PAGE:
Mr den Hartog went on to describe a cocktail of factors that influence conversion for admitted students, including financial factors, academics (e.g., ranking, programmes), social factors, student support, geography (e.g., location, weather), and graduate outcomes (e.g., employability). Of those, he argues that social factors and support are the two that are most directly under the institution's ability to influence in that post-admission period.
Social factors include word of mouth, community, social proof, and the sense of belonging or attachment that the student begins to establish after admission. The broad category of support, on the other hand, relates to things like responsiveness and effectiveness in communications with students, quality staff, authenticity, and events for incoming students.
Part of what this reflects is that there is not just one point of contact that is going to drive conversion for offer holders. "There is not just messenger; rather there are many messengers that can really help you and ensure that students feel well supported on their way," says Mr den Hartog.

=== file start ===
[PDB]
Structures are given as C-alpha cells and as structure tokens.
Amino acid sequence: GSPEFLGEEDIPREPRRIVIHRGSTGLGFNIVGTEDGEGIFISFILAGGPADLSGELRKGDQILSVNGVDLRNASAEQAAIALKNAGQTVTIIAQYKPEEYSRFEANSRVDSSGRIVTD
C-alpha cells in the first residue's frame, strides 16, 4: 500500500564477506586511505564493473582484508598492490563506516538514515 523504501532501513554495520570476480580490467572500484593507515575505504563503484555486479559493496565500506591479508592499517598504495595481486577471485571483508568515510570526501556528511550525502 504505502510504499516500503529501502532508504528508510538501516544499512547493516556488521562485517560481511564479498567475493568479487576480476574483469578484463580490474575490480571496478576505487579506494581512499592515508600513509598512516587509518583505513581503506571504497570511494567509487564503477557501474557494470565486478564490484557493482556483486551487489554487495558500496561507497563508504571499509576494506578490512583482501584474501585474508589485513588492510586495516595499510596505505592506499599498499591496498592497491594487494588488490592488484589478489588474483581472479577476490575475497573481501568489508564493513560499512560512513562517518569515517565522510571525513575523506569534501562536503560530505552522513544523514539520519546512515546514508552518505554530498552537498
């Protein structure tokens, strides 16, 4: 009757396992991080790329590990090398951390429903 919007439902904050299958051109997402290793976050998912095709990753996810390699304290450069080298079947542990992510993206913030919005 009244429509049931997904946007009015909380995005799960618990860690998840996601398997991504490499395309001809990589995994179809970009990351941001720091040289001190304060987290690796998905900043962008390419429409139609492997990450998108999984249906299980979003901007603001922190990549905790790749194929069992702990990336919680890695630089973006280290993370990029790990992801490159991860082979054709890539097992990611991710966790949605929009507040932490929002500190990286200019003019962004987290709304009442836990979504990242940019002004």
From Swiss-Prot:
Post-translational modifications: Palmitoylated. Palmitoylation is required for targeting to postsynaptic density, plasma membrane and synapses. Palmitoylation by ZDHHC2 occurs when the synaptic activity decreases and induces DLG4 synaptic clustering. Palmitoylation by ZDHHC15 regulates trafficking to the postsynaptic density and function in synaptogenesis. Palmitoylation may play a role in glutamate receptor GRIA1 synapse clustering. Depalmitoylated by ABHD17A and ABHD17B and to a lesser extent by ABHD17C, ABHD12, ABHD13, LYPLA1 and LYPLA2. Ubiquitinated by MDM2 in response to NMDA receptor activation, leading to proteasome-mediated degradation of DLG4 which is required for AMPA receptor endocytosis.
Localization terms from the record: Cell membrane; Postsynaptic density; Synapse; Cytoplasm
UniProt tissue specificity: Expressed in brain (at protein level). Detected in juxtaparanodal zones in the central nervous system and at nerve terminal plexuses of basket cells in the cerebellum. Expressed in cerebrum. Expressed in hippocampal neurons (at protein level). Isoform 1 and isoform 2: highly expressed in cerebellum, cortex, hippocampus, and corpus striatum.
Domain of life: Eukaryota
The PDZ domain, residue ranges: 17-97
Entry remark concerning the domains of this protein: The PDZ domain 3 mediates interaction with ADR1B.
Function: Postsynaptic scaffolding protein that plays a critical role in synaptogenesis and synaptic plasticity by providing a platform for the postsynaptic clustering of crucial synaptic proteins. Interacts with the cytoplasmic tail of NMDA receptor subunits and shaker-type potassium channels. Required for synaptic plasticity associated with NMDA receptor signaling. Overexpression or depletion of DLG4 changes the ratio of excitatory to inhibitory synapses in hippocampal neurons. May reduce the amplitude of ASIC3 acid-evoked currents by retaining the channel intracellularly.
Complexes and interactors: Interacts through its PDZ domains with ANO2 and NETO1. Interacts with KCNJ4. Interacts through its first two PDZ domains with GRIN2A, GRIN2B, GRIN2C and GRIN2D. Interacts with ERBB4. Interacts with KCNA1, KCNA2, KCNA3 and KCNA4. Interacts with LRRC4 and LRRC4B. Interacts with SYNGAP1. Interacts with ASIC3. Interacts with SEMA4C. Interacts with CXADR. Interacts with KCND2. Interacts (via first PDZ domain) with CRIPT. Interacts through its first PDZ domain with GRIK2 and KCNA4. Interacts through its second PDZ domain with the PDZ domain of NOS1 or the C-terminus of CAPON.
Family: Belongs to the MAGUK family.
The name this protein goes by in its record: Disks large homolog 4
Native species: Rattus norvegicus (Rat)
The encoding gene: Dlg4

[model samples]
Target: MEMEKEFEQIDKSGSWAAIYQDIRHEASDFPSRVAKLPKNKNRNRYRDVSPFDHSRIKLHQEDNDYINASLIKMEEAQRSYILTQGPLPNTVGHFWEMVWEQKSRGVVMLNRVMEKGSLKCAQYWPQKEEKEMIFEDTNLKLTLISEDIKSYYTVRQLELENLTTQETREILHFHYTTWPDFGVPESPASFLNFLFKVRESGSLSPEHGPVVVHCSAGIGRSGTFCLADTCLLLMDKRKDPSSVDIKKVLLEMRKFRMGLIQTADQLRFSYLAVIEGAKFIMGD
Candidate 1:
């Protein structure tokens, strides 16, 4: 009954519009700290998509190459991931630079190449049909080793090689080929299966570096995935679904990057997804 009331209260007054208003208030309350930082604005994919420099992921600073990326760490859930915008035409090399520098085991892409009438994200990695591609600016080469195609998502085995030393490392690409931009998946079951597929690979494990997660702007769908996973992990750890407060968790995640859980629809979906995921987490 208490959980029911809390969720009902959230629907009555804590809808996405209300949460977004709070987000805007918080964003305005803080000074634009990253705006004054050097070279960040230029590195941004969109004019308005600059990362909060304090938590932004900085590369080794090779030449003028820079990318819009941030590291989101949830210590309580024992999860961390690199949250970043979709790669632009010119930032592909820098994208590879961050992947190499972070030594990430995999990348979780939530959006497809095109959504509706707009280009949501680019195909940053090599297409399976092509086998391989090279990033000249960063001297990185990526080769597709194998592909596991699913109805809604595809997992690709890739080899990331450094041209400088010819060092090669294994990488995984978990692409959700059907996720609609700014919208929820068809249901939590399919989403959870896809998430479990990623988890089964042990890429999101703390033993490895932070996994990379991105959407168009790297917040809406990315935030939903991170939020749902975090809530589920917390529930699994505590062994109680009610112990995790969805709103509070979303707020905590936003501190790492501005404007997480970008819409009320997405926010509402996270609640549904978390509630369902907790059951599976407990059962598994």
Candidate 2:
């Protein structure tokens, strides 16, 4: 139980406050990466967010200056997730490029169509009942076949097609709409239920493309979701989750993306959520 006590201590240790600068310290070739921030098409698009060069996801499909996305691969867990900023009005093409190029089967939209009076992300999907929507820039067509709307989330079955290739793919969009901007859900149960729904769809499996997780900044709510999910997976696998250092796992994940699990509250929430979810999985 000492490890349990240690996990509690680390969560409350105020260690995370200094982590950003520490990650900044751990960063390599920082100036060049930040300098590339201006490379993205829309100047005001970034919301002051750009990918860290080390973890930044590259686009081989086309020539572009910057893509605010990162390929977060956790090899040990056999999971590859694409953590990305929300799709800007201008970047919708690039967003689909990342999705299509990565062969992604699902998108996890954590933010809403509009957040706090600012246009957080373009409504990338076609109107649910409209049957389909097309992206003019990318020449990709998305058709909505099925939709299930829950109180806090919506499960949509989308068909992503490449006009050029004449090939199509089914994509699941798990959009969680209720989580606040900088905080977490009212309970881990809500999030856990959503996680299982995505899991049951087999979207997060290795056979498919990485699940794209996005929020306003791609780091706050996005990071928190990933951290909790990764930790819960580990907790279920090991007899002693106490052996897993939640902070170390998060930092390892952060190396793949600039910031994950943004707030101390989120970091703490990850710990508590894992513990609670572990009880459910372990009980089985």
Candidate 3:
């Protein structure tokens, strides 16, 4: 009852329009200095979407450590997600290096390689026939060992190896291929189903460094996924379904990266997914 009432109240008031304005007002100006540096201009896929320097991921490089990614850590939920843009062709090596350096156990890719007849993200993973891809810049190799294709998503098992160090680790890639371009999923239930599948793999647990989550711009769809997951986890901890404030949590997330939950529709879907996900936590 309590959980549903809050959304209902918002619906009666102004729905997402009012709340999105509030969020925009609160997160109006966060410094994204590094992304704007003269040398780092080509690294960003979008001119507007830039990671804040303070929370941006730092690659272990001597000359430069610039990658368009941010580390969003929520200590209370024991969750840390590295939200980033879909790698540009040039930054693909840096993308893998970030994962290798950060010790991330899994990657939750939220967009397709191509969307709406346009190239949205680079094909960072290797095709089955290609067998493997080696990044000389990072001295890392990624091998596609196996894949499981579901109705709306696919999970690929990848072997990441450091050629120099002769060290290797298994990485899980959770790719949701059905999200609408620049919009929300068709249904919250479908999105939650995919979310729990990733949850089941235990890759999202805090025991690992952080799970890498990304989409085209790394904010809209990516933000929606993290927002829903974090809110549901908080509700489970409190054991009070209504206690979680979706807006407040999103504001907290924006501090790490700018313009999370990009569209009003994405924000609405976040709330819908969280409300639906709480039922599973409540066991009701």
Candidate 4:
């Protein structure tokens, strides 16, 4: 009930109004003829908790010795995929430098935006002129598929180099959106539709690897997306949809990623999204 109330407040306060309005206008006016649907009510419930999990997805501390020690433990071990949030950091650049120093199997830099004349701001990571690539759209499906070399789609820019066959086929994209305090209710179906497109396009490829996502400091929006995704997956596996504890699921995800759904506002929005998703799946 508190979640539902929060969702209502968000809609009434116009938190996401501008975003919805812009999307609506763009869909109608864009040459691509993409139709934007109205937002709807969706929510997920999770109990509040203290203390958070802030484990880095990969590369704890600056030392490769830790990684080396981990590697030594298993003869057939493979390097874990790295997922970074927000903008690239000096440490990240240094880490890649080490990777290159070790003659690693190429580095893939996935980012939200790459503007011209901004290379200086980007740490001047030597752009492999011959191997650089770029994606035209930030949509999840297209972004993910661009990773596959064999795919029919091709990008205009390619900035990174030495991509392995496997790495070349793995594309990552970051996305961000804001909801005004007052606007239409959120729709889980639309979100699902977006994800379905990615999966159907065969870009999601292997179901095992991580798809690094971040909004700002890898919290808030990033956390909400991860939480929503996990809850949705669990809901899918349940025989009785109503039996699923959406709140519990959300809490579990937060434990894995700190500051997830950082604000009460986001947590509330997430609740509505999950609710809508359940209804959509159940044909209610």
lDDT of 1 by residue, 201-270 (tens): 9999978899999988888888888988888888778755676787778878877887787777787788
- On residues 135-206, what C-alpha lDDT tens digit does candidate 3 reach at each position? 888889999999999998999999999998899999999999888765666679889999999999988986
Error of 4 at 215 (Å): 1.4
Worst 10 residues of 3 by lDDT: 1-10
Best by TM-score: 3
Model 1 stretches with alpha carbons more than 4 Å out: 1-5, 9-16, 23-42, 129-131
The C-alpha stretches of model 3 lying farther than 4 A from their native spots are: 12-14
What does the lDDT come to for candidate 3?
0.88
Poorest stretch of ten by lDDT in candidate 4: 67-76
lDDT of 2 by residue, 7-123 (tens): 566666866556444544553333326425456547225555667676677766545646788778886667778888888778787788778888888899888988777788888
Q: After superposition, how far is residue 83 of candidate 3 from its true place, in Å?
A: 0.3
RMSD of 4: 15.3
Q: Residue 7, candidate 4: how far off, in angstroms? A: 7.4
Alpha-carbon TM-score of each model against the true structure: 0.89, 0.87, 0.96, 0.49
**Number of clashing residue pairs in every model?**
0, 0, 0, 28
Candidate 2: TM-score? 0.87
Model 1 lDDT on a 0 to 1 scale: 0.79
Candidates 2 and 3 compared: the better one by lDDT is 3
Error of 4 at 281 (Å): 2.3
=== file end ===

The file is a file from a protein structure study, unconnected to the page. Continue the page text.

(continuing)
Barriers to conversion
Mats Engblom described a great initiative through which his team regularly surveys students who did not follow through to study at the University of Helsinki after having been admitted. He explained that the findings were pretty consistent year after year, and that they show that the top factors in admitted students deciding not to study at the university include financial factors, including cost of living and availability of scholarships. "Money is a big reason," he added. If you can't afford it then you can't come." He also noted programme-related factors as a big hurdle to conversion, including rankings and programme availability.
Mr Engblom went on to describe how that survey process has also led to some important improvements at the university. "One year we had quite a few students who said they didn't feel welcome during the admissions process. So we talked about that with the admissions team, they made some changes, and that [answer disappeared] from the survey in the next year]."